“Our companies can’t compete with them now because our currency is too strong. And it’s killing us,” Trump told The Journal, referring to competition from China.

The Trump Administration wants to make America great again by transforming it into a manufacturing powerhouse like it was in the Post War glory days. Buy America, hire America. That’s not so bad really. Most Americans are generally on board with this patriotic slogan as long as its implications stop there. But then Mr. Trump takes things a step further with nonsense about the “strong dollar killing us.” By “us,” he means the 13% of the US economy reliant upon goods exports (as opposed to the other 87% more reliant upon domestic services and consumption). Mr. Trump surely isn’t referring to the more than 97% of Americans whose incomes are gained in dollars and whose spending power declines when the dollar’s does.

It is true that, in the near term, sharp increases in the dollar’s value can cause financial instability as foreign debtors struggle to pay back loans denominated in a strengthening currency relative to their own. It also causes the perception of lower US multinational corporate earnings as a portion of overseas earnings in relatively weaker currencies get converted back into stronger dollars at a lower nominal value on the income statement. This is as much a perception as anything because the same relatively stronger dollars that make foreign earnings look lower also have more purchasing power to lower future costs in those same regions.

In the medium to long term, there is absolutely no doubt that a strong domestic currency is in the interest of not just the citizens sharing it, but real GDP as well. Inflation tends to be lower, real incomes tend to be higher, and overall well-being tends to be notably higher in countries with strong currencies and low inflation. This fact has also been the stance of the United States Treasury for several decades. Is Mr. Trump challenging this stance or is he simply using fighting words to get in front of China (or others potentially) before it might need to devalue the yuan? Does he want to be able to say “told you so” if and when the yuan gets devalued with the intention of gaining enough political capital to impose tariffs against China? Who knows. It isn’t heartening that Mr. Trump doesn’t seem to understand how China is actually burning through currency reserves to prop up the value of its currency rather than hold it down as he alleges.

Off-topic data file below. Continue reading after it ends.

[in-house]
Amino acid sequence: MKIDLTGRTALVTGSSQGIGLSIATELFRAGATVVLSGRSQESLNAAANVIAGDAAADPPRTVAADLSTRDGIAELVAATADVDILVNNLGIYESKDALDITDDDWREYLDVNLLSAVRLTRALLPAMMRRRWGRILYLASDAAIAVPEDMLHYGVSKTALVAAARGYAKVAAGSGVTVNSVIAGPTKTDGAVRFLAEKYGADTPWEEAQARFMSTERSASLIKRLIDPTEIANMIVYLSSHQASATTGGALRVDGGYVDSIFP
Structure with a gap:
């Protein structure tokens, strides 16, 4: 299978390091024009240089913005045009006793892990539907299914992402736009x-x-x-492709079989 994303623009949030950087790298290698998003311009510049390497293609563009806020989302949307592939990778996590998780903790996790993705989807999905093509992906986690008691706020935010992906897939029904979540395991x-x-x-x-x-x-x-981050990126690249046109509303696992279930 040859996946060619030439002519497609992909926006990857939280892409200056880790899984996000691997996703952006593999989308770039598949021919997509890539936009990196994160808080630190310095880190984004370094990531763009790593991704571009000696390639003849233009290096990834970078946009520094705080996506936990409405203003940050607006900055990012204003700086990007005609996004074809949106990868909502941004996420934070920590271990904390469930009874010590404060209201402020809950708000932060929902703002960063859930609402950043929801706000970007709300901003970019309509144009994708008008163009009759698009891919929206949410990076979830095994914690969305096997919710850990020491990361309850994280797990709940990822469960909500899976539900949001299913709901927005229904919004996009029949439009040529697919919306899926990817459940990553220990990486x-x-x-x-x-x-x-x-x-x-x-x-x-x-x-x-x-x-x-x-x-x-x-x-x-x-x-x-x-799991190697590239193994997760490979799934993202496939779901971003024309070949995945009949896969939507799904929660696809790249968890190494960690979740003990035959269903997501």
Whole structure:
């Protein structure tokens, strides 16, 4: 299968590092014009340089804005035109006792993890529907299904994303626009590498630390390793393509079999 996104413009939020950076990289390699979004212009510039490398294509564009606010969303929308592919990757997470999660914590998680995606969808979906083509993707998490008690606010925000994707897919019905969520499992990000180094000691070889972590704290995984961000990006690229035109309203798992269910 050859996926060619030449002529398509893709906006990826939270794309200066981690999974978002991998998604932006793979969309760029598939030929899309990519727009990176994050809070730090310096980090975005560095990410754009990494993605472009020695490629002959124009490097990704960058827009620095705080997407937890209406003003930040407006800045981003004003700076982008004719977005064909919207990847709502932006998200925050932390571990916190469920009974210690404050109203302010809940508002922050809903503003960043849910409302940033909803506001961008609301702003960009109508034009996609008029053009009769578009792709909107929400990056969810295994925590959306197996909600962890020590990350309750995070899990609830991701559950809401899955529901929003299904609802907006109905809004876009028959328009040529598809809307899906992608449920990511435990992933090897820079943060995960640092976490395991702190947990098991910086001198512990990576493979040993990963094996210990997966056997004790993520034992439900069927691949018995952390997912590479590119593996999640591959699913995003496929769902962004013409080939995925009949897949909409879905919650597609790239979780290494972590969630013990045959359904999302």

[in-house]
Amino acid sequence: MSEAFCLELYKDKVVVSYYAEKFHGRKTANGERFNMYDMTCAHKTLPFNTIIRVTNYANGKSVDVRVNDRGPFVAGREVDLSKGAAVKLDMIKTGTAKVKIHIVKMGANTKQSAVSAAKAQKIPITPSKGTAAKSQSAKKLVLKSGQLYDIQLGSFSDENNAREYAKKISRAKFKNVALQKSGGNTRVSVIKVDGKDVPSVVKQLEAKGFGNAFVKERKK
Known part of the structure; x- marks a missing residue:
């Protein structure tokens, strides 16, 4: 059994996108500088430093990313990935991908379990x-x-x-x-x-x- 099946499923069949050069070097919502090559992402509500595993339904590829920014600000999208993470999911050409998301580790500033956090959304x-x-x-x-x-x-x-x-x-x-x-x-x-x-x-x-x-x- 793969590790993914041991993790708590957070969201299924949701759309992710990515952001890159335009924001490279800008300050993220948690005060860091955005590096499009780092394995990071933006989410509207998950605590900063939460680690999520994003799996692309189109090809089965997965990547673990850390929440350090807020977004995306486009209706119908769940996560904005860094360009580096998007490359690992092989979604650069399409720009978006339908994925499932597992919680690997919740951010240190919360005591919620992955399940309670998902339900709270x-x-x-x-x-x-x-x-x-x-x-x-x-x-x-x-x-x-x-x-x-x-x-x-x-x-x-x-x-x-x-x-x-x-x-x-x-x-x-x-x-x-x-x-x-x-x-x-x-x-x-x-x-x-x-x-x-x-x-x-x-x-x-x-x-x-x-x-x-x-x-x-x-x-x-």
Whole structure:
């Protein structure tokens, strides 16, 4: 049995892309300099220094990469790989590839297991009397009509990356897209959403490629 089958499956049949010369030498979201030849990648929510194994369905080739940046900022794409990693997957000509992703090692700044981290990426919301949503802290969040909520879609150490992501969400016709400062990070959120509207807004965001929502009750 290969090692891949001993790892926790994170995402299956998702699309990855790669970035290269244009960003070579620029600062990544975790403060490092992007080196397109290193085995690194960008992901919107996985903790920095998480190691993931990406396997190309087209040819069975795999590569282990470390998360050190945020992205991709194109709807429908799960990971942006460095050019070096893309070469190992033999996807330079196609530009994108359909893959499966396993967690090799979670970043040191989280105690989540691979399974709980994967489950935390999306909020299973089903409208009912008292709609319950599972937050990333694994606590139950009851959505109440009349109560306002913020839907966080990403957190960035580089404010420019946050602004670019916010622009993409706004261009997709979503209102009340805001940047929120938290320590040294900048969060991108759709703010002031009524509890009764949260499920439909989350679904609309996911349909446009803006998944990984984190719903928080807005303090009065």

It comes down to this: will market sentiment return to favoring the dollar when US economic data surpasses expectations or have Trump Administration words materially damaged the perception of the long standing King Dollar policy in a way that it outweighs the data? Assist FX sees a continuation of data dependent sentiment for the dollar unless the Trump Administration makes an official move to target “currency manipulation” of trading partners using an executive order or proposed legislation. Markets are hyper-sensitive to Trump Administration commentary right now given all of the actions taken already in the first couple of weeks of its existence but the data will eventually move back into the driver’s seat.

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